Today, the oceans are in crisis as temperatures, carbon dioxide levels rise and nutrient pollution from cities and farms are creating a volatile cocktail in the seas. The rising temperatures and CO2 levels – both breaking records over the past year – are affecting marine ecology, sea-level rise, and the ocean’s ability to store carbon. WSL PURE’s first-year funding focuses on five areas of research: ocean health and ecosystems, sea level rise, oceans and climate, ocean acidification, and coral bleaching.

“The oceans are rapidly changing, and we need to enhance our understanding of ocean ecosystems to build a sustainable future,” said Lamont marine biologist Sonya Dyhrman. “The funding provided by WSL PURE provides a unique flexibility and freedom that will allow me to push my work into new directions and pursue the most pressing research in a bold and innovative way.”

The new funding model will help Dyhrman’s team study changes in the ocean environment that affect phytoplankton – microscopic marine organisms that form the base of the food chain and play a vital role in producing the oxygen we breathe and taking up carbon dioxide that can contribute to global warming. Changes in temperatures, rising CO2 levels, and pollution can affect how phytoplankton communities grow and how well they can capture CO2 and sink it to the ocean floor.



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Warming sea-surface temperatures can have other profound effects that scientists are only beginning to understand. Lamont scientists, with WSL support, are exploring its influence on weather and drought patterns, and on sea-level rise as warming causes the oceans to expand.

For ocean health and ecosystems, WSL PURE funding will also boost Lamont’s research into how the ocean’s chemical balance is changing. The ocean’s acidity has increased about 30 percent in recent decades, and the damage is starting to show in phytoplankton and in animals that build shells, such as the tiny pteropod, an important food source for whales, sea birds, and young salmon. Even familiar delicacies such as oysters now struggle to create their shells.

We’re also seeing the impact of warming water today on the Great Barrier Reef, the largest reef in the world, where a recent aerial survey found 95 percent of reefs in the northern area are severely bleached. This spring, the World Surf League teamed up with Lamont scientists to launch Bleach Patrol, a citizen science effort and mobile app that calls on surfers, snorkelers, and other ocean enthusiasts to help monitor the world’s coral reefs. What the citizen scientists see is sent directly to Lamont, where scientists use the details to pinpoint areas for greater study by follow-on visits and satellites.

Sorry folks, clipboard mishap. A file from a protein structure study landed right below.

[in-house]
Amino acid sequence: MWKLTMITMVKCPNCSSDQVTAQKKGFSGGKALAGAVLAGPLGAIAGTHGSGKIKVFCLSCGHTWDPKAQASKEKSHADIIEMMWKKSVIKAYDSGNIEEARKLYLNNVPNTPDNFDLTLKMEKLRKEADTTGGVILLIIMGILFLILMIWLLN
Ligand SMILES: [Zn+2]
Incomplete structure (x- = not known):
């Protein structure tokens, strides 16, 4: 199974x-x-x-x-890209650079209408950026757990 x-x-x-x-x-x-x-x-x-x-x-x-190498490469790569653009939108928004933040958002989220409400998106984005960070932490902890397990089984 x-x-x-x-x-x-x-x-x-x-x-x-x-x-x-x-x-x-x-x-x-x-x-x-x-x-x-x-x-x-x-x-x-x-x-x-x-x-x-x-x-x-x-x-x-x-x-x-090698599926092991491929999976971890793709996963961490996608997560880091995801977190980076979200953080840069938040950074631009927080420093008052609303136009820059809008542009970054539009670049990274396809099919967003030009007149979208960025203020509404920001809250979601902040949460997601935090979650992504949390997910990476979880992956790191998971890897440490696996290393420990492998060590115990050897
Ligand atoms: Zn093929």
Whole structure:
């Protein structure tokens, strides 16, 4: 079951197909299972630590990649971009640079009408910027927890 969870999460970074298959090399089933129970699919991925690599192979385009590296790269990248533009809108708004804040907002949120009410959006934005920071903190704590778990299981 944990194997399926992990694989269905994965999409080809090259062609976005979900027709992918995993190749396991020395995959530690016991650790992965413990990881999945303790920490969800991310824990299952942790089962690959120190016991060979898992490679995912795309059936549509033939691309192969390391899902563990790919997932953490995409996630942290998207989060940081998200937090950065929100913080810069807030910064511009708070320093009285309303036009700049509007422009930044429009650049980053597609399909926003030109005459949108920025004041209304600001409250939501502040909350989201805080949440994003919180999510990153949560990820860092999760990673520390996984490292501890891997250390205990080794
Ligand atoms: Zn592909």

As part of the WSL PURE partnership, Columbia’s School of Professional Studies is establishing an educational model designed to offer classes in ocean sciences for students at all levels, with the majority of the funding from tuition to be reinvested in ocean research.

“The WSL PURE and Columbia partnership is a unique way to marry research, education, and advocacy in a way that can bring powerful studies to the global community,” said Greg Muth, Director of WSL PURE and a member of the graduate school faculty at Columbia University’s School of Professional Studies.

WSL PURE will be making announcements in the coming months regarding the next phases of the program, including opportunities for individuals around the world to become a part of a global movement designed to empower people locally, regionally, and internationally.

“Surfing is unique in that its playing field is a living ecosystem,” said Jessi Miley-Dyer, former pro surfer and women’s commissioner of the World Surf League. “As surfers, it is incumbent upon us to do what we can to protect the oceans. Partnering with Lamont-Doherty and Columbia University is a great way to support thorough research into ocean health and I’m excited to see where it leads.”

“By creating a generation of ‘surfer scientists,’ we aspire to create a voice for the oceans and to empower our global fan base and partners to become better informed about the issues plaguing the oceans, while providing educational opportunities so that we can develop real-world solutions,” Speaker said.